By Jennifer Mustoe
I make it a habit to see Grassroots Shakespeare Company’s Halloween show at Provo’s Castle Amphitheater, so looked forward to see this year’s offering, Coriolanus. Telling you now, even though I have a degree in Humanities, English emphasis, I don’t always know what’s going on with Shakespeare. I don’t admit this easily. And thankfully, Grassroots Shakespeare Company gives me the clearest picture of what exactly is going on. That’s one of the reasons I love them. Their physical and vocal presentation enlightens me. However, for some reason, Coriolanus was easy to understand. Was it because the plot wasn’t quite so complicated? (But still highly entertaining.) Was it because, yo, GSC is finally teaching me to understand and interpret Shakespeare? (This would be a Halloween miracle.) Could it be that what is happening in the United States today, having a leader who has contempt for our citizenry except for the rich is at the forefront? Maybe all three.
Super easy plot: Nobles versus peasants. Caius Martius aka Coriolanus (Chase Grant) is filled with pride and disdain. He becomes Rome’s leader, but because he is a noble and therefore less than trustworthy, and he has a remarkably awful temper (rage issues), he is quickly deposed and run out of town. He chums up with Aufidius (Carlos Nobleza Posas), who befriends and supports him. Coriolanus, because he’s basically a jerk, betrays his friend and things pretty much go downhill from there. These two actors blazed onstage. I don’t think I’ve seen Grant’s work before, but I am now a huge fan and will stalk him (in a good way) to see more of his productions. I saw the excellent Posas in Wasatch Theatre Company’s Dinner, and his tight, professional, subtle acting choices work perfectly in Coriolanus.
As is always the case, every cast member is marvelous and many of them play several characters. Several male roles were played by women, and this worked especially well in this show. After the huge success of Wonder Woman, where all my female friends discovered a heightened sense of Girl Power, we want to see more strong women and this cast is filled with them. Volumnia, Coriolanus’ mother, played stunningly by Elizabeth Golden, pretty much blew me away. She crackles as she reprimands and then defendes her son. She walked right in front of me several times and she glows with character and talent. Seriously. Esther Pielstick plays Martius’ wife Virgilia as well as an Ensemble member and is another wildly fierce female character. She gets to be strong as both a female and a male character and portrays both persuasively. Toria Truax-Jones as Brutus and Erin Ellis as Cominius round out the female power team and they absolutely are smokin’ onstage. Because this is an outdoor theater, everyone has to really project to be heard, and these woman bring it. Straight up.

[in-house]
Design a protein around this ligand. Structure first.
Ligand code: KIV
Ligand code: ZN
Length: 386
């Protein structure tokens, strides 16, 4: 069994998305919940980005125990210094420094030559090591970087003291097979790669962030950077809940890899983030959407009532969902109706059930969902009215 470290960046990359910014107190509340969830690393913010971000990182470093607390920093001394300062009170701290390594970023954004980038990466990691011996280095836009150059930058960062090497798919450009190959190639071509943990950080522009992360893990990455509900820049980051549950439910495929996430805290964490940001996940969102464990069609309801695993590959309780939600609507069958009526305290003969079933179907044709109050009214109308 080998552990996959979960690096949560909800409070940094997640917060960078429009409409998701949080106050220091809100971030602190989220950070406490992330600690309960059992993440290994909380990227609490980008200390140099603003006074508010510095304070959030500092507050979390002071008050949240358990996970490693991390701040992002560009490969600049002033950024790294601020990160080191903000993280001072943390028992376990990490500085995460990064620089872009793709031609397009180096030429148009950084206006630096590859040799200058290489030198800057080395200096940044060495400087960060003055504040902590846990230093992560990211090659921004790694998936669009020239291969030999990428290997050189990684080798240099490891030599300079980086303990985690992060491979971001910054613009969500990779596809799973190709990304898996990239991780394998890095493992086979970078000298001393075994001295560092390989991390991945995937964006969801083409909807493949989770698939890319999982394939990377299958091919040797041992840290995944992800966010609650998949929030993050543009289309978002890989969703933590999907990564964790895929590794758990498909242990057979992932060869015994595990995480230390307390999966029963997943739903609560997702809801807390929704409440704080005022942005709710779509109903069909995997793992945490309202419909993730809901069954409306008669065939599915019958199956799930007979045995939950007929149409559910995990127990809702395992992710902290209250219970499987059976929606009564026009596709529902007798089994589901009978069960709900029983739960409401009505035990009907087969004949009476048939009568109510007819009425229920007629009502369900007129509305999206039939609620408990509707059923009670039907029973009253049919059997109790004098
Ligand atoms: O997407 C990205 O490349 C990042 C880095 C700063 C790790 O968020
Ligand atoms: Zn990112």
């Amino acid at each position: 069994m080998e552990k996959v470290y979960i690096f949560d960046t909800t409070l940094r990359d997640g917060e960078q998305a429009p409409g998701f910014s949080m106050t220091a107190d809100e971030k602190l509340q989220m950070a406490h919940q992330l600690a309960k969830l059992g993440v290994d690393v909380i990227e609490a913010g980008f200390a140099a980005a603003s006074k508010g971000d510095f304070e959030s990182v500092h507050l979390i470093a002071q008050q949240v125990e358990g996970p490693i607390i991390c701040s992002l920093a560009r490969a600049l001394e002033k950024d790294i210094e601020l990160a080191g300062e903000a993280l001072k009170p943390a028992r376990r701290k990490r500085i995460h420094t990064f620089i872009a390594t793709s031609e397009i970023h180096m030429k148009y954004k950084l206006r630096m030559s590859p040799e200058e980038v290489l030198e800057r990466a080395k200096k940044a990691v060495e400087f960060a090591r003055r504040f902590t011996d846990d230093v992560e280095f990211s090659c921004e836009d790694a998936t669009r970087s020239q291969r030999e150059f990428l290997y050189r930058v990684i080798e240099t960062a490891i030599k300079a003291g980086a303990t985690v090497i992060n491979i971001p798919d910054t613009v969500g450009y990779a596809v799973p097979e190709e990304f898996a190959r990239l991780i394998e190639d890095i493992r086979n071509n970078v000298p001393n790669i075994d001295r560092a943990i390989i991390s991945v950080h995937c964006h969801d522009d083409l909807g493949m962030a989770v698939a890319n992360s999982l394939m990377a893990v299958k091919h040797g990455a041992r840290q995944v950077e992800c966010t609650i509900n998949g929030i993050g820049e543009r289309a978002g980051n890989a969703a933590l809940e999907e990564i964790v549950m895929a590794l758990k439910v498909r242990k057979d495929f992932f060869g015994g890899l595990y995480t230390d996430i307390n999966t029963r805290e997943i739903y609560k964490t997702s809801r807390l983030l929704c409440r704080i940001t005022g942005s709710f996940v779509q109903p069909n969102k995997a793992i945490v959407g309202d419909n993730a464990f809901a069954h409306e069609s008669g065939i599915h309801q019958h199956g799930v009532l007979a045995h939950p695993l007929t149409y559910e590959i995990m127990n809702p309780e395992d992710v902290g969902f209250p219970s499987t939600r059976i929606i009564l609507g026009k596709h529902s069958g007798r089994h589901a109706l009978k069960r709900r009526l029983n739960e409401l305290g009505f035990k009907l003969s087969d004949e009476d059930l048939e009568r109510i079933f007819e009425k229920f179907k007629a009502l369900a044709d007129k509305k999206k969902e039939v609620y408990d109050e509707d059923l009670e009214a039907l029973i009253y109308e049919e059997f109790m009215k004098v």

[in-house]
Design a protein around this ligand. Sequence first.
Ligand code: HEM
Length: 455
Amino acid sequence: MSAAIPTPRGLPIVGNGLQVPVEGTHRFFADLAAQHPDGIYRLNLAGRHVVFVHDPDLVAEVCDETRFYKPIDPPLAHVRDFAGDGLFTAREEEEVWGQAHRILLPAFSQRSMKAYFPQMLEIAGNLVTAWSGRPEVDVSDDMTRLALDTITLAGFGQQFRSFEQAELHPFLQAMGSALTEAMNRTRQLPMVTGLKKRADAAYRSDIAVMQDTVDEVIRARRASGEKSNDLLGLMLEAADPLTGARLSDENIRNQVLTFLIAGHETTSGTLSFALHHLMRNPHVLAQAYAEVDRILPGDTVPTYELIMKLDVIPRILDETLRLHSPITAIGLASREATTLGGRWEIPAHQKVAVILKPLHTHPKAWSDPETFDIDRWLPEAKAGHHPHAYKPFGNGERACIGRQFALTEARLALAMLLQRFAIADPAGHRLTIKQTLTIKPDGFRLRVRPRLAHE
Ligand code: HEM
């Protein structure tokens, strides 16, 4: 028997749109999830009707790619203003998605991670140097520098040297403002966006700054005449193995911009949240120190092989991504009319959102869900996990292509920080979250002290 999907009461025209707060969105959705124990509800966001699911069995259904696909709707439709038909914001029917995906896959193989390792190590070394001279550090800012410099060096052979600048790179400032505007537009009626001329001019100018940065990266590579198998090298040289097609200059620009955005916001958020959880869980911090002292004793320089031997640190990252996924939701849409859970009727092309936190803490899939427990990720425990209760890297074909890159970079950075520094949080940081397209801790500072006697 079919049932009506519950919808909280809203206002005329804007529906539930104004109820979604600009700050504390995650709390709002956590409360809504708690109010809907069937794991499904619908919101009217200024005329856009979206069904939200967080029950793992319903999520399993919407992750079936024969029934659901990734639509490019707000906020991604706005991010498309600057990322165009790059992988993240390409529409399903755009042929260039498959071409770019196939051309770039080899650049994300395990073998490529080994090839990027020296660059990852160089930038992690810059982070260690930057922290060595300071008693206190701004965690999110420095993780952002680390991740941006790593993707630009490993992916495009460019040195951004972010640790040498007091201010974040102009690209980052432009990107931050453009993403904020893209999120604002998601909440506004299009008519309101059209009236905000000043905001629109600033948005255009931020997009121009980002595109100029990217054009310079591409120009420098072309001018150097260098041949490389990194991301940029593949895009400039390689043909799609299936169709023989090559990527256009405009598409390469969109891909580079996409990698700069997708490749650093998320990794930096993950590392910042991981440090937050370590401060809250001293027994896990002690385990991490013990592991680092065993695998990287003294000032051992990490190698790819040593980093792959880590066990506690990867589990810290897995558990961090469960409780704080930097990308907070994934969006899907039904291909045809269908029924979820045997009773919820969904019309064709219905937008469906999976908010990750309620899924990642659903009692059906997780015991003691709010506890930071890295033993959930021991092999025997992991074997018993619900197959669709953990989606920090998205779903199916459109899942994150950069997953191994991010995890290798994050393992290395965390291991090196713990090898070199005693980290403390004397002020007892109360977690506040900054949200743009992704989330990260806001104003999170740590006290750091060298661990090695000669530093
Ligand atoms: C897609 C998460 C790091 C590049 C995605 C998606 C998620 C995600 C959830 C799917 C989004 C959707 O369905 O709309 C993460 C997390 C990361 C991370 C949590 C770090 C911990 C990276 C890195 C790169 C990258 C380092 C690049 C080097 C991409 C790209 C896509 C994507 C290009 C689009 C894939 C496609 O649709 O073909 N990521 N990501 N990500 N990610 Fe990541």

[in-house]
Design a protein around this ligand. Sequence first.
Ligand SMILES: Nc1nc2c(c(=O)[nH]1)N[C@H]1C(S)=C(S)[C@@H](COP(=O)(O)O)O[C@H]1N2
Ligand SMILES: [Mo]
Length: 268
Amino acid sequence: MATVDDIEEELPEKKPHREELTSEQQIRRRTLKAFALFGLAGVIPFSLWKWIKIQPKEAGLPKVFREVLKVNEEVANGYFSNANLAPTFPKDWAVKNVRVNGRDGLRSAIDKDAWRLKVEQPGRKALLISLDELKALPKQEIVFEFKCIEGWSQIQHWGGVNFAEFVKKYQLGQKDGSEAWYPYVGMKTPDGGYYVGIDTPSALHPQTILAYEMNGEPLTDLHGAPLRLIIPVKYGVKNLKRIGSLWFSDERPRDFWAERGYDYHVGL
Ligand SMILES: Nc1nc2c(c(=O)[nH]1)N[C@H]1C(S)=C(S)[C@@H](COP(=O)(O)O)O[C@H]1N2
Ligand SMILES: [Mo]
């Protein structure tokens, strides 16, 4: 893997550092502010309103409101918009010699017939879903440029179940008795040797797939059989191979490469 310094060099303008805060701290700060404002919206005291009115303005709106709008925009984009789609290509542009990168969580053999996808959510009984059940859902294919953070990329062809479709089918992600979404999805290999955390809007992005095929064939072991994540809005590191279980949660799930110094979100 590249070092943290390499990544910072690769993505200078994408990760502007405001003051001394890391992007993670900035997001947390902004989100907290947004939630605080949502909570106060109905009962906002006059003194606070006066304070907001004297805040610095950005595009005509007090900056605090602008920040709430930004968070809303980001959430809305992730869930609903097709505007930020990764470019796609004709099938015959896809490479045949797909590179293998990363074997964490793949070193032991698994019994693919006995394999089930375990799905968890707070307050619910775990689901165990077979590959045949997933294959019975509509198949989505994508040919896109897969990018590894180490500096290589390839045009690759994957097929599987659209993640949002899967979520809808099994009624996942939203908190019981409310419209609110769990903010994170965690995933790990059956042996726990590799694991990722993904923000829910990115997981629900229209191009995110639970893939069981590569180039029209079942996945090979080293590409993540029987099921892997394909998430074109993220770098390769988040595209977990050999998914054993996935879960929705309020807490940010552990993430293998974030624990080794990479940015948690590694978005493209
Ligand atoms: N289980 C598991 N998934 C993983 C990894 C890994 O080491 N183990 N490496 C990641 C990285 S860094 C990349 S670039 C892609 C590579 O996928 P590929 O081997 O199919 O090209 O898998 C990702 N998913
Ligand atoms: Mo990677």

A GSC regular, Steven Pond plays Menenius, and this is a tough role to do well and Pond nails it. He has a conscience and truly cares for Coriolanus, but he can’t convince the hot-tempered Coriolanus to chill out. Nobody can. I’m a big fan of Pond and loved his portrayal in this show. Lucas Buchanan‘s Sicinius is also highly satisfying and powerful. A fine, highly competent, enjoyable cast, directed by another GSC favorite, Jessamyn Svensson. She switched up a few things for this production and I liked the changes. I also loved, I admit it, that after the show, she was the one mopping up all the blood all over the stage. No diva is Ms. Svensson.
Finally, as with all GSC productions, live music plays in the background, and this moves the plot along, and moves the audience emotionally, as well. Gary Argyle, Robert Starks and Scott Robinson are great and add so much to this show.
As I have thought of Grassroots’ Coriolanus over the weekend, I realize that I was really more affected by it the longer I thought about it. Perhaps it was the likability and proficiency of the actors, but while this was a blood-bath, it really is tragic. A legit Shakespearean Tragedy. All the characters in the play are doing their best–like people do–but they end up losing a lot. Some lose everything. It’s caused me to think about my own life–what are the flaws I need to overcome? What do I need to change so I can succeed? Shakespeare causes us to laugh and cry, but he also asks us to think–and maybe change. Coriolanus is a great Halloween production, but it’s also a great lesson to ponder for much longer.
Grassroots Shakespeare Company presents Coriolanus by William Shakespeare
The Castle Amphitheater, 1300 E Center Street; Provo, Utah 84606
Tickets: Groundling (standing in the splash zone) $10, Gallery (sitting) $15
October 13-31, Monday, Friday, Saturday pre-show 7:00 PM, Show 7:30 PM. Performance on Tuesday, October 31 7:00 PM
Grassroots Shakespeare Company Facebook Page
Coriolanus Facebook Event